Wednesday, November 01, 2006

Consumer Law and Policy Blog

Here is Public Citizen's Consumer Law and Policy Blog. Along with good coverage of lending practices and consumer legal rights, one finds CSPI's Stephen Gardner's report last week about the Federal Trade Commission's bold request for information from companies about marketing to children. Here is an excerpt, but you should read the full post (complete with Gardner's Texas aphorisms):
On October 25, the Federal Trade Commission announced its plans (.pdf) to issue "compulsory process orders to major food and beverage manufacturers and quick service restaurant companies in order to obtain information from those companies concerning, among other things, their marketing activities and expenditures targeted toward children and adolescents."

This is a significant development in the regulation of food marketing to kids. Of course, the proof of this pudding is in the eating, so it remains to be seen what the FTC does with the information it obtains.

In 2005, Congress directed the FTC "to prepare a report on food industry marketing activities and expenditures targeted to children and adolescent." Pub. L. No. 109-108.

In March 2006, the FTC asked nicely for information, but the food industry failed to provide "information, especially empirical data, on the nature and extent of marketing activities and expenditures targeted to children and adolescents."

My organization, the Center for Science in the Public Interest (CSPI), filed a comment in response to the March 2006 proposal (.pdf), urging the FTC to obtain "information on the nutritional quality of products marketed to children."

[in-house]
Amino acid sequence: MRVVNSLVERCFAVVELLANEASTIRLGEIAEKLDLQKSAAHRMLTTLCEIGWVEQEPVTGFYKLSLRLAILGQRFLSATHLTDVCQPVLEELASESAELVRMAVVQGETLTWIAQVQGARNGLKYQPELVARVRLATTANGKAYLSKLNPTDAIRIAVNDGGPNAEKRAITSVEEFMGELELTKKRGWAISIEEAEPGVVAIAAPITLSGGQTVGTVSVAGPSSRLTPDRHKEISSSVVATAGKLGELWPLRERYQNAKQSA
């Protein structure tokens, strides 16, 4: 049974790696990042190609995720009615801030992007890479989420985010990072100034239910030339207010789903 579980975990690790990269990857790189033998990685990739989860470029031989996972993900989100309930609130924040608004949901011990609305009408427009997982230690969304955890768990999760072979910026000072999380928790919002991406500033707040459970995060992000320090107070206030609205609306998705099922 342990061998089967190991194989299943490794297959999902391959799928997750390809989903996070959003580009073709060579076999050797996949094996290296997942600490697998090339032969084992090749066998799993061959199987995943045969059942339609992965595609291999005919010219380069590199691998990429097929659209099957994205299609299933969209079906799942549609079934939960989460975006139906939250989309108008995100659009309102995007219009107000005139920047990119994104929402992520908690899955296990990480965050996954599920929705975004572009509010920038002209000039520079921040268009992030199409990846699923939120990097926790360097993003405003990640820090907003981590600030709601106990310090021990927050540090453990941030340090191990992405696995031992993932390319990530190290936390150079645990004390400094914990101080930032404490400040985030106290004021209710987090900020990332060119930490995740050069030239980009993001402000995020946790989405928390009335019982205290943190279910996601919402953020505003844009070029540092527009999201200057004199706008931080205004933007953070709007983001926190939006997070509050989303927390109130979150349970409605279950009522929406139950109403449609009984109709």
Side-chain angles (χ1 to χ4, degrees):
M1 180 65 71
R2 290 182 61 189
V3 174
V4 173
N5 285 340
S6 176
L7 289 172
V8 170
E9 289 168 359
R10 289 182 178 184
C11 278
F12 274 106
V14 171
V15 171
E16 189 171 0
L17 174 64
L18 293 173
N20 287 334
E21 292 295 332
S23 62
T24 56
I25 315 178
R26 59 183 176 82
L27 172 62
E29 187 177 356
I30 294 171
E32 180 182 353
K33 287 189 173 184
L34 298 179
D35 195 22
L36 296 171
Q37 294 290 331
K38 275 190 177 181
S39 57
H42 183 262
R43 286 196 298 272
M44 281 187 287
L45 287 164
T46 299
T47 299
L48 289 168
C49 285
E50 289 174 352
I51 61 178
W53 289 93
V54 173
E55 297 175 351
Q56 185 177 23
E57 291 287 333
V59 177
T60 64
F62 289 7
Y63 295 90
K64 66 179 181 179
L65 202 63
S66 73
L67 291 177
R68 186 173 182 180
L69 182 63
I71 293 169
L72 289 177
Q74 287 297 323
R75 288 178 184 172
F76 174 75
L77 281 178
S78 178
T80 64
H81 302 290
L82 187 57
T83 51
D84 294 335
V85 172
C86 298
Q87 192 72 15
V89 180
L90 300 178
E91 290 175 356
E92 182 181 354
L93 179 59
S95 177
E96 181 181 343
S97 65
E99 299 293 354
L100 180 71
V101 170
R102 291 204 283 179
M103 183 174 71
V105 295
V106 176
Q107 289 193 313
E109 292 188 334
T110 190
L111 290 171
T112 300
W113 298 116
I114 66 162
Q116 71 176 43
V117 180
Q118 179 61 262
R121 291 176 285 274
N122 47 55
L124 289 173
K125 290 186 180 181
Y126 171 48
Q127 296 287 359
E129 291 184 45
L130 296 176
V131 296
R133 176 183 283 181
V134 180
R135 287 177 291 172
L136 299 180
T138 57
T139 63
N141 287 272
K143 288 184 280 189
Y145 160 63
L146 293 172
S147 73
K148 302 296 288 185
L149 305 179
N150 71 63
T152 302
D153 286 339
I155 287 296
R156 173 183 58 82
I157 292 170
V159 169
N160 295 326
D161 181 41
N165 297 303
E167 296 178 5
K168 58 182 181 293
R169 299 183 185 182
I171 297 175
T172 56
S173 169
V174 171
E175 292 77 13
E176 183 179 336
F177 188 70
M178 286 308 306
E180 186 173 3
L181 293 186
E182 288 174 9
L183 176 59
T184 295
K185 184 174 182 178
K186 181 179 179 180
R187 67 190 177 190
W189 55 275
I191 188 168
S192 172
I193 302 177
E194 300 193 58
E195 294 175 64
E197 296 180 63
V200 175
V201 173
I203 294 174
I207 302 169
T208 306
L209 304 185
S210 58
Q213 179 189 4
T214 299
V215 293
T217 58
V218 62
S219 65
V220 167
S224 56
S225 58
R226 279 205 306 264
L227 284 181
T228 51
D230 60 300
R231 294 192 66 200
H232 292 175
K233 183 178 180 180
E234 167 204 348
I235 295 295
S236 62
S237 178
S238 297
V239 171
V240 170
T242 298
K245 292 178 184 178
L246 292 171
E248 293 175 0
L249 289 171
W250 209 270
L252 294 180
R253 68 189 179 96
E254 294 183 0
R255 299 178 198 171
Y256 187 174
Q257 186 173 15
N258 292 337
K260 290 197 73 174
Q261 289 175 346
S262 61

The FTC now proposes to do something akin to that — to demand information from about 50 companies about food advertised to children, including fast foods, breakfast cereals, snack foods, candy and gum, carbonated and noncarbonated beverages, frozen and chilled desserts, prepared meals, and dairy products, including milk and yogurt. Specifically, the FTC announced its need to obtain data about:
  • The types of foods marketed to children and adolescents.
  • The media techniques used to market products to children and adolescents.
  • The amounts spent to market to children and adolescents.
  • The amount of commercial advertising time that results from this marketing.
The FTC continued talking tough, cautioning that anyone who destroyed responsive data might be prosecuted criminally. But at the same time, it indicated a willingness to second-guess itself, by asking for comments "whether the proposed collections of information are necessary for the proper performance of the functions of the FTC, including whether the information will have practical utility."

Since the FTC in the New Millennium has moved from being the "National Nanny" (as it was called in the 70's) to the Chicken Guarding the Foxhole, one must wonder what engendered this tough squawk from the FTC. It might be the desire to come to the rescue of the food industry, to prevent it being sued, in light of recent developments.
This effort to find out what the marketers know about the effectiveness of their marketing seems politically astute, and better information is likely to improve the national discussion of policy responses.